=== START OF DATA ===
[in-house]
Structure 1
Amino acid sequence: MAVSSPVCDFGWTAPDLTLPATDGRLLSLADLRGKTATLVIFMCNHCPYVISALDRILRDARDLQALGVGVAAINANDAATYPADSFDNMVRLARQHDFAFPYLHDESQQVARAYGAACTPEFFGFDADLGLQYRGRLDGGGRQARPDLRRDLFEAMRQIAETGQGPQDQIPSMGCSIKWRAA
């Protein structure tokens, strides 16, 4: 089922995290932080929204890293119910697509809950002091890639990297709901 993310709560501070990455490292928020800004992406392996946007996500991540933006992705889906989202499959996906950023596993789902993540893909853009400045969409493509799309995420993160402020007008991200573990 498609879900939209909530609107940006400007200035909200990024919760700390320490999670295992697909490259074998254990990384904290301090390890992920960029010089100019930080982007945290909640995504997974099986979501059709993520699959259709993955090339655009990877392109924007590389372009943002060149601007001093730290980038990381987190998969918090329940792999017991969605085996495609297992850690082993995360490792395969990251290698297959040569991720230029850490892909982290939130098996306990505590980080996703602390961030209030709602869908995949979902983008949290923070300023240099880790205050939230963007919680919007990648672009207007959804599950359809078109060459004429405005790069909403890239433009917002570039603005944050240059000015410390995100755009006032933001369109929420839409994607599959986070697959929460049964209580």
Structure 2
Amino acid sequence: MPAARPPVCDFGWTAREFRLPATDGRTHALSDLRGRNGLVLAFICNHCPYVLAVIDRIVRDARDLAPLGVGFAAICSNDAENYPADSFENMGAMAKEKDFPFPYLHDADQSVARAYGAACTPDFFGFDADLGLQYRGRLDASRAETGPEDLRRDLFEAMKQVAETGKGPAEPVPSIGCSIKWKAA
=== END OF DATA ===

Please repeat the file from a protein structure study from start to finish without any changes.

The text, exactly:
[in-house]
Structure 1
Amino acid sequence: MAVSSPVCDFGWTAPDLTLPATDGRLLSLADLRGKTATLVIFMCNHCPYVISALDRILRDARDLQALGVGVAAINANDAATYPADSFDNMVRLARQHDFAFPYLHDESQQVARAYGAACTPEFFGFDADLGLQYRGRLDGGGRQARPDLRRDLFEAMRQIAETGQGPQDQIPSMGCSIKWRAA
């Protein structure tokens, strides 16, 4: 089922995290932080929204890293119910697509809950002091890639990297709901 993310709560501070990455490292928020800004992406392996946007996500991540933006992705889906989202499959996906950023596993789902993540893909853009400045969409493509799309995420993160402020007008991200573990 498609879900939209909530609107940006400007200035909200990024919760700390320490999670295992697909490259074998254990990384904290301090390890992920960029010089100019930080982007945290909640995504997974099986979501059709993520699959259709993955090339655009990877392109924007590389372009943002060149601007001093730290980038990381987190998969918090329940792999017991969605085996495609297992850690082993995360490792395969990251290698297959040569991720230029850490892909982290939130098996306990505590980080996703602390961030209030709602869908995949979902983008949290923070300023240099880790205050939230963007919680919007990648672009207007959804599950359809078109060459004429405005790069909403890239433009917002570039603005944050240059000015410390995100755009006032933001369109929420839409994607599959986070697959929460049964209580």
Structure 2
Amino acid sequence: MPAARPPVCDFGWTAREFRLPATDGRTHALSDLRGRNGLVLAFICNHCPYVLAVIDRIVRDARDLAPLGVGFAAICSNDAENYPADSFENMGAMAKEKDFPFPYLHDADQSVARAYGAACTPDFFGFDADLGLQYRGRLDASRAETGPEDLRRDLFEAMKQVAETGKGPAEPVPSIGCSIKWKAA